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Eat Smart to Play Hard Formative Research

The Eat Smart to Play Hard social marketing initiative is based on insights gathered from the priority population before it was developed. The strategic marketing plan was created after several years of formative research. During Phase I of the formative research, we conducted six focus groups in Spanish in urban and rural areas of New Mexico to get to know the audience and to understand their barriers to achieving good nutrition, as well as their perceptions of its benefits. In Phase II, participants in eight focus groups had the opportunity to give their feedback about USDA Food and Nutrition Services (FNS) core nutrition messages and supporting content in Spanish. They were asked about the use of specific words in Spanish and if the messages resonated for them. Participants, including both children and adults, were then asked to design a campaign that appealed to them and that they would be likely participate in.

The focus groups were conducted in Spanish with parents of preschool-age children, parents of elementary school-age children, and children who were 8- to 10-years old. Based on the feedback from the focus groups, we developed and pre-tested materials, made modifications to them, and tested them again during Phase III. This phase involved evaluating different strategies to find the approach that would speak best to our audience in order to effectively increase consumption of fruits and vegetables. This is how Eat Smart to Play Hard was created. The entire Eat Smart to Play Hard Campaign, which was pilot tested in 2015 in an urban community, is now being expanded to rural and urban communities across New Mexico.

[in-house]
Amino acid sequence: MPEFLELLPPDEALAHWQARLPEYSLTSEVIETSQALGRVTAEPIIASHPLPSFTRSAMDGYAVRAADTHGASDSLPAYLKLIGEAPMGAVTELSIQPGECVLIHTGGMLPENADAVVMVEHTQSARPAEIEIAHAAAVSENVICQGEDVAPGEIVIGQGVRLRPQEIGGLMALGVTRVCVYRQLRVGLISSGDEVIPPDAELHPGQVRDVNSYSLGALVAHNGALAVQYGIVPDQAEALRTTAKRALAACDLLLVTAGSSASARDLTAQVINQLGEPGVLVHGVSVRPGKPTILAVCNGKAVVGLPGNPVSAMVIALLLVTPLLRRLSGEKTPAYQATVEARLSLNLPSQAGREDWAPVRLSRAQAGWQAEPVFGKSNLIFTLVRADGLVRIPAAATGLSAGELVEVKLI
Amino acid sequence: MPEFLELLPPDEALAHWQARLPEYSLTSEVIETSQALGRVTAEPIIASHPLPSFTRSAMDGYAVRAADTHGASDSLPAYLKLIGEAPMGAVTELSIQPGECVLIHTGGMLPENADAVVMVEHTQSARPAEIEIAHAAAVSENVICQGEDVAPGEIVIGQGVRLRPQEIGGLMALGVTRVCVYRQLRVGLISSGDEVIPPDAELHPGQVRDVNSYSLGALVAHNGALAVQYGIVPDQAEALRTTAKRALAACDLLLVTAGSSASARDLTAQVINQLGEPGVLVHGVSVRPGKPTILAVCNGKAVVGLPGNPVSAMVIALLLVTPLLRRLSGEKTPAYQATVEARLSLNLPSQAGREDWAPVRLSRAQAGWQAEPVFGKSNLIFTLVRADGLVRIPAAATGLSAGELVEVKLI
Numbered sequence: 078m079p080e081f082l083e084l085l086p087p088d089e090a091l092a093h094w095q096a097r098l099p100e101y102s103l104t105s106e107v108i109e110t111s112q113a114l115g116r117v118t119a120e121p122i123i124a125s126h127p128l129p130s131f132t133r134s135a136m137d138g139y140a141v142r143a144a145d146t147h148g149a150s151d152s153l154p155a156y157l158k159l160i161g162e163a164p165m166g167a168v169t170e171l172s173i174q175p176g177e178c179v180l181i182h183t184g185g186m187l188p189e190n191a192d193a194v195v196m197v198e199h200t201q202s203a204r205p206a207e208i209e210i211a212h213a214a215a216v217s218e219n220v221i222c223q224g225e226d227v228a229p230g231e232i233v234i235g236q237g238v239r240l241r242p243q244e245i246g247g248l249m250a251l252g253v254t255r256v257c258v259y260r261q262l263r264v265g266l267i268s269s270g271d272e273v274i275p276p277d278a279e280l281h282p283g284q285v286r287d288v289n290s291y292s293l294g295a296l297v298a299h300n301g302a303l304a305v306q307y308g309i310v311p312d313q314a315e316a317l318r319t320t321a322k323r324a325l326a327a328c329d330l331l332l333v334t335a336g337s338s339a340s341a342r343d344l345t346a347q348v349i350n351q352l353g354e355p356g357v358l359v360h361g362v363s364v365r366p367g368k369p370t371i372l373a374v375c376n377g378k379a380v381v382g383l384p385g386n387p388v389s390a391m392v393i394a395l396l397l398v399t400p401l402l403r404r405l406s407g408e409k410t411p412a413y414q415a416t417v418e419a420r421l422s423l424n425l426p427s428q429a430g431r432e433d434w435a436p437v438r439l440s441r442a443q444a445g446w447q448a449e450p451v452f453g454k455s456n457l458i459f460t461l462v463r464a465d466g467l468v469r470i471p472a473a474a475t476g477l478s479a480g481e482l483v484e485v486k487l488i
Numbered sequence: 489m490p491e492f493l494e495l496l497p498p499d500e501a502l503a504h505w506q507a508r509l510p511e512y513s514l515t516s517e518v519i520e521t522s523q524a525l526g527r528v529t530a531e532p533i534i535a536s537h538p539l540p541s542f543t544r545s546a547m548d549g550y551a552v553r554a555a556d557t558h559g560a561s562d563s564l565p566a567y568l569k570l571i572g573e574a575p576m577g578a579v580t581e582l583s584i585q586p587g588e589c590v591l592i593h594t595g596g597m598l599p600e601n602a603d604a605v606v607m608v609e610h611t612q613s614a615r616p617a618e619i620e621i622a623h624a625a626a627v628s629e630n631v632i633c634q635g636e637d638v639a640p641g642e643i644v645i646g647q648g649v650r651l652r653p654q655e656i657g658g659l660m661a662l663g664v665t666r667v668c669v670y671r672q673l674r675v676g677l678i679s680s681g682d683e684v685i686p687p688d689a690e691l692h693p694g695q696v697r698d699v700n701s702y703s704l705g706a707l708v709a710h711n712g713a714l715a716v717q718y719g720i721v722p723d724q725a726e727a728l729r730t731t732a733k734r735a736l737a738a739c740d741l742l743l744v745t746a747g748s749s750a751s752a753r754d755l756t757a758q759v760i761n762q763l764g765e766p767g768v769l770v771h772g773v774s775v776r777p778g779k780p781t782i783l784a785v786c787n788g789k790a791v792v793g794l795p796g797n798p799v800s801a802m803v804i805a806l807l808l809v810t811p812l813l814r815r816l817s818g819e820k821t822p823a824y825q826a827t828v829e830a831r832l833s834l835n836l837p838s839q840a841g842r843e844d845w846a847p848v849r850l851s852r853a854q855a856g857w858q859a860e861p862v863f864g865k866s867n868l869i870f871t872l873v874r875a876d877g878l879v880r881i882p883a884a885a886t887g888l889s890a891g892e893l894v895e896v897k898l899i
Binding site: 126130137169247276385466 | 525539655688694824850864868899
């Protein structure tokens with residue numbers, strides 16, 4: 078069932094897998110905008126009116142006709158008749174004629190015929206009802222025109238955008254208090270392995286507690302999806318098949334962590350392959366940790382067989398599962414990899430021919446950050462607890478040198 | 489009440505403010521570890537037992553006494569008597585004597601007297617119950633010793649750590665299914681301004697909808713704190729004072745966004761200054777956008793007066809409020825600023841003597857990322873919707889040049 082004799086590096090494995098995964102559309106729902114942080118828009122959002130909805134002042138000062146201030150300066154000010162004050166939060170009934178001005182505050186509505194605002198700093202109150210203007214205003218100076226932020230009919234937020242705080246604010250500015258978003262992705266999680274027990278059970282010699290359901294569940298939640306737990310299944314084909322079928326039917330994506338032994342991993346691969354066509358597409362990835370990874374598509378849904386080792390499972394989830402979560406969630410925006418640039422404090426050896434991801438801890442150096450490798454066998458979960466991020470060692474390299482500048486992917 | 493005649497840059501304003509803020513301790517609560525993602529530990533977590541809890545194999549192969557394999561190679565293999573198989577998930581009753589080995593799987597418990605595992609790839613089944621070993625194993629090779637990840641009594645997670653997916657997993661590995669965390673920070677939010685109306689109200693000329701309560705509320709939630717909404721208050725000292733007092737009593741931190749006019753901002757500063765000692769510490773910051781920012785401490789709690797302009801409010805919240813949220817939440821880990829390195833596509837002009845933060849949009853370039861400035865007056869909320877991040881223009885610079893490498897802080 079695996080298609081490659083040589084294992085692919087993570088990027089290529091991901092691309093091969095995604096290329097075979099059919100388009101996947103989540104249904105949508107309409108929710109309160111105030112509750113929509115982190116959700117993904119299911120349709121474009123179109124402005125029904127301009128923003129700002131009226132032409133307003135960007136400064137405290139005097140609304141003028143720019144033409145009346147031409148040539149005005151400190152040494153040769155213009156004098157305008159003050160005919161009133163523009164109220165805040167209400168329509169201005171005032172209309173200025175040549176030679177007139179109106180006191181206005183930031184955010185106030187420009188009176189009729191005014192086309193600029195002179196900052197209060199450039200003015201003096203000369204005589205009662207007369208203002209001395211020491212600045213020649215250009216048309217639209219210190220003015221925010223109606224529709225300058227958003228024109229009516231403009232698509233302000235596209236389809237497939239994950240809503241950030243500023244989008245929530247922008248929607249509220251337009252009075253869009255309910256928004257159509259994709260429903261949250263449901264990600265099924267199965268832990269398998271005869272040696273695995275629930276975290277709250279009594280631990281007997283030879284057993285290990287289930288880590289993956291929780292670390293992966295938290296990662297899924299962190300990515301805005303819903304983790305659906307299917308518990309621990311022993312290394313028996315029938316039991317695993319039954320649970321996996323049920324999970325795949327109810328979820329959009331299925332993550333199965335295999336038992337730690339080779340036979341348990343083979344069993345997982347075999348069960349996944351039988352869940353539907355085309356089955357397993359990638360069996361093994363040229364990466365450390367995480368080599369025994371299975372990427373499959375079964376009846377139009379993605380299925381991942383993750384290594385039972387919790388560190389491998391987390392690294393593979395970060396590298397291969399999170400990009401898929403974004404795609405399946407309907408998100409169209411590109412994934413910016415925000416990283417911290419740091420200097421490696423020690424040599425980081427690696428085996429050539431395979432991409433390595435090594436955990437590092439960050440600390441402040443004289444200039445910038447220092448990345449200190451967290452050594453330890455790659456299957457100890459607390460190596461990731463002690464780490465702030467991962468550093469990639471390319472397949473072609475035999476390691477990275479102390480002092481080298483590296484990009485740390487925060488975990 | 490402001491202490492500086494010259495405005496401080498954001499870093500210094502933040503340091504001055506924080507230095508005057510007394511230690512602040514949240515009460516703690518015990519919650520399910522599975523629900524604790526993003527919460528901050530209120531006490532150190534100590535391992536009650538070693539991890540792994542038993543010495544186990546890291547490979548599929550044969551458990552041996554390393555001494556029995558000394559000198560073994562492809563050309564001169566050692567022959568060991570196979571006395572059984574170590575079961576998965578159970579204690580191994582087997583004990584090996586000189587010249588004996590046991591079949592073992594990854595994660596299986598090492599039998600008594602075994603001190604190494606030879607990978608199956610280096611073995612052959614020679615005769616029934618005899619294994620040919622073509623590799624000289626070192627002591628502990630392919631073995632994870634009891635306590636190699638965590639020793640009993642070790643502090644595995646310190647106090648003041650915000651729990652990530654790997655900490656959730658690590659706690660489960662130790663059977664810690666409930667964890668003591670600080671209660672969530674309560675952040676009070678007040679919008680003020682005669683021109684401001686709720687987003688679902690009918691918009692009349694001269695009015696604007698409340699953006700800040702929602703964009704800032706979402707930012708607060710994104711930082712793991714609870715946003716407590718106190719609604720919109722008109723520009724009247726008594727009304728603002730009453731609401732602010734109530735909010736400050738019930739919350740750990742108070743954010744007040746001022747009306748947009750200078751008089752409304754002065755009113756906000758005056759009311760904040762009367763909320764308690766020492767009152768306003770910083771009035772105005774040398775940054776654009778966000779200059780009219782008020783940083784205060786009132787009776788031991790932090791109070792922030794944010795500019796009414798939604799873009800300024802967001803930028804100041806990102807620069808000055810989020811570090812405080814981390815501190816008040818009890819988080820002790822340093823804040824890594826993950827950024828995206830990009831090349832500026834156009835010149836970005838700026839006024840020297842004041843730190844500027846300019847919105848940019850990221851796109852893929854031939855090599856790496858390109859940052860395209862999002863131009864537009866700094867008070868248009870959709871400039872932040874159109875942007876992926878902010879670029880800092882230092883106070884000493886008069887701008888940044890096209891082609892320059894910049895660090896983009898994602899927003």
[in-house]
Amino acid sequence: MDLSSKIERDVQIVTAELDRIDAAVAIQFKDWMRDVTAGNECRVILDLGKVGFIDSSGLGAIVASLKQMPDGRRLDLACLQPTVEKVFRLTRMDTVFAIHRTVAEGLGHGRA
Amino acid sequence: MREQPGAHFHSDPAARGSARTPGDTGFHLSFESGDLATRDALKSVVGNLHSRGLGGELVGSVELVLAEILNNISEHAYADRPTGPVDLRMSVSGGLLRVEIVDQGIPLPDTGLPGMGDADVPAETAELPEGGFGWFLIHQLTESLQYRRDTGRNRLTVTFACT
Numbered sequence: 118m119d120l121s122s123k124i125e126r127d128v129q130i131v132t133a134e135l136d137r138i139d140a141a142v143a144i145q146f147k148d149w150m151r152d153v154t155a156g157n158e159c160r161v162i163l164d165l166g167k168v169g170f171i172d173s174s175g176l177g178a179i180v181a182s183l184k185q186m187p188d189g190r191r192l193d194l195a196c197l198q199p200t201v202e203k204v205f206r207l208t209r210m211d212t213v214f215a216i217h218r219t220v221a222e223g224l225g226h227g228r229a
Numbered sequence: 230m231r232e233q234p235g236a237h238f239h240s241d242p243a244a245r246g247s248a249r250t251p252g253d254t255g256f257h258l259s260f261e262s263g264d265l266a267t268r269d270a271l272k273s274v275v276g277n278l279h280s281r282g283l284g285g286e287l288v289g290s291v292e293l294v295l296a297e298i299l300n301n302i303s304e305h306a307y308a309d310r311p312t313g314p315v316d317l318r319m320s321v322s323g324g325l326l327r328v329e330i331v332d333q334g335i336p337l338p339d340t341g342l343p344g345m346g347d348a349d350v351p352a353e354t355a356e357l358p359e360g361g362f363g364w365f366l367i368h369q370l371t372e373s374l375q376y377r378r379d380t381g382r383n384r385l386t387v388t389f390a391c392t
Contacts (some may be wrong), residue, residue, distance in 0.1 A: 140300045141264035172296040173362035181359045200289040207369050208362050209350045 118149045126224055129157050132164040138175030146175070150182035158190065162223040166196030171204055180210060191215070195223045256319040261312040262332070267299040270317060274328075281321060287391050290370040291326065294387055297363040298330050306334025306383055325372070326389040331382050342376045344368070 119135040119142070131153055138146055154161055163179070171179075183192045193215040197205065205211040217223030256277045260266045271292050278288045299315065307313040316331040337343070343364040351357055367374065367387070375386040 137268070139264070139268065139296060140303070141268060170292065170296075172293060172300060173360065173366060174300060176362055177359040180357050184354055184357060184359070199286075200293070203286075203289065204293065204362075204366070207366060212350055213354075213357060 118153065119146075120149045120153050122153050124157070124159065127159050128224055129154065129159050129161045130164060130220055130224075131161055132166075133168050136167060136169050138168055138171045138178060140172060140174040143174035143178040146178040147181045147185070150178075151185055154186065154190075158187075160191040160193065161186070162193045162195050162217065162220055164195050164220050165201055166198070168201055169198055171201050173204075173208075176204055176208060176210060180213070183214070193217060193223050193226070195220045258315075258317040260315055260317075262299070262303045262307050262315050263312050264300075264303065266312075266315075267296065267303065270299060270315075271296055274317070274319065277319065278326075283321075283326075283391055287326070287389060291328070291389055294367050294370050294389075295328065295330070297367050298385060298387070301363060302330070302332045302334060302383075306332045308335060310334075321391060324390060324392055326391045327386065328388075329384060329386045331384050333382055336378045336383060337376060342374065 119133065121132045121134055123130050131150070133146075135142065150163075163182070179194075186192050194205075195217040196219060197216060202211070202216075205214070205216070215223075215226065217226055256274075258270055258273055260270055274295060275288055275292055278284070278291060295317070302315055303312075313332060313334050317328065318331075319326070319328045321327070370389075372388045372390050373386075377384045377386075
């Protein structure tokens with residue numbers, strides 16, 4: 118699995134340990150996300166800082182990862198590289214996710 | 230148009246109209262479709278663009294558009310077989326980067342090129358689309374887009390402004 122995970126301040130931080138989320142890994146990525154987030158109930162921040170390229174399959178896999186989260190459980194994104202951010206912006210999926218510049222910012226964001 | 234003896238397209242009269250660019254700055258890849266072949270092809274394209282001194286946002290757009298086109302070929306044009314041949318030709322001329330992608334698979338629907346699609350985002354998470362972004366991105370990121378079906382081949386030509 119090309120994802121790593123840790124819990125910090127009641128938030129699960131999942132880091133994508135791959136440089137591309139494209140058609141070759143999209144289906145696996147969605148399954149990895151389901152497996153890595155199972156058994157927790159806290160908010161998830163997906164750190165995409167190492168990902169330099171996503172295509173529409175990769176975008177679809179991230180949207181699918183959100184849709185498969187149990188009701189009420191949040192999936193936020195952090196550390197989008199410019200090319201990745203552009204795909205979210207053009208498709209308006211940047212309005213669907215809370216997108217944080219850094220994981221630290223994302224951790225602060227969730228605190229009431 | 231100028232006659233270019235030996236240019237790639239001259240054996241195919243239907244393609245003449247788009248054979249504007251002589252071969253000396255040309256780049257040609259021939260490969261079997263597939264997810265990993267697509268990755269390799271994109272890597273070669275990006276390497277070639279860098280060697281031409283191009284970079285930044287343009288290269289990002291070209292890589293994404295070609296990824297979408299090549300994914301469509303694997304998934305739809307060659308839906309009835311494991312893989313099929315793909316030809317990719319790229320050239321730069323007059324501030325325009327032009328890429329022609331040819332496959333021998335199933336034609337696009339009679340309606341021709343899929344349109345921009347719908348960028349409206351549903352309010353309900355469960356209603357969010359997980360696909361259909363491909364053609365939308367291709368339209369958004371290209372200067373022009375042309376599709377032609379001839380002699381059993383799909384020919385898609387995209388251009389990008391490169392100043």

The ESPH intervention consists of many components all focused on engaging New Mexican families in healthy living. Some of the strategies developed from this formative research include student passports with fun recipes and activities, recognizing successful fifth grade students as Champions of health, posters and banners, weekly newsletters, and the Fun Day to celebrate the students’ successes.


SNAP-ed New Mexico Report 2012
SNAP-ed New Mexico Report 2013